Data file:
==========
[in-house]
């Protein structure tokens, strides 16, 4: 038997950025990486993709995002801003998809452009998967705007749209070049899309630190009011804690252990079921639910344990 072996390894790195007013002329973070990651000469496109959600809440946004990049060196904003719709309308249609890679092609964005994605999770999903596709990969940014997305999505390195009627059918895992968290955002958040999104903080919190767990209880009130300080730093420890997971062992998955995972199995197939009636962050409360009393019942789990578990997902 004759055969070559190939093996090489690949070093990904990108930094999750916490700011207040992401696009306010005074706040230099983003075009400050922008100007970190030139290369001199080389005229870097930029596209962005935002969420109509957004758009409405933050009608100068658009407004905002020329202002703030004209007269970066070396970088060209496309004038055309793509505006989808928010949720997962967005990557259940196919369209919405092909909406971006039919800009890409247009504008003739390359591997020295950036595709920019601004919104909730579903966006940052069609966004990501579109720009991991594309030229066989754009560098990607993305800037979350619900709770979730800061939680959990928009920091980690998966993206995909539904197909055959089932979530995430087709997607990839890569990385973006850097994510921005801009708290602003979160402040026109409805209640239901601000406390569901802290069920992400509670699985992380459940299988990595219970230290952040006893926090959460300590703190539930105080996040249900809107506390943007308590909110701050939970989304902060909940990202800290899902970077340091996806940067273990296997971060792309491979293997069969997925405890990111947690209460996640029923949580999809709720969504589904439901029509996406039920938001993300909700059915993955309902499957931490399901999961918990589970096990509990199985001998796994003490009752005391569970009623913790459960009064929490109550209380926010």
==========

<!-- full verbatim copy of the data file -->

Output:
[in-house]
């Protein structure tokens, strides 16, 4: 038997950025990486993709995002801003998809452009998967705007749209070049899309630190009011804690252990079921639910344990 072996390894790195007013002329973070990651000469496109959600809440946004990049060196904003719709309308249609890679092609964005994605999770999903596709990969940014997305999505390195009627059918895992968290955002958040999104903080919190767990209880009130300080730093420890997971062992998955995972199995197939009636962050409360009393019942789990578990997902 004759055969070559190939093996090489690949070093990904990108930094999750916490700011207040992401696009306010005074706040230099983003075009400050922008100007970190030139290369001199080389005229870097930029596209962005935002969420109509957004758009409405933050009608100068658009407004905002020329202002703030004209007269970066070396970088060209496309004038055309793509505006989808928010949720997962967005990557259940196919369209919405092909909406971006039919800009890409247009504008003739390359591997020295950036595709920019601004919104909730579903966006940052069609966004990501579109720009991991594309030229066989754009560098990607993305800037979350619900709770979730800061939680959990928009920091980690998966993206995909539904197909055959089932979530995430087709997607990839890569990385973006850097994510921005801009708290602003979160402040026109409805209640239901601000406390569901802290069920992400509670699985992380459940299988990595219970230290952040006893926090959460300590703190539930105080996040249900809107506390943007308590909110701050939970989304902060909940990202800290899902970077340091996806940067273990296997971060792309491979293997069969997925405890990111947690209460996640029923949580999809709720969504589904439901029509996406039920938001993300909700059915993955309902499957931490399901999961918990589970096990509990199985001998796994003490009752005391569970009623913790459960009064929490109550209380926010």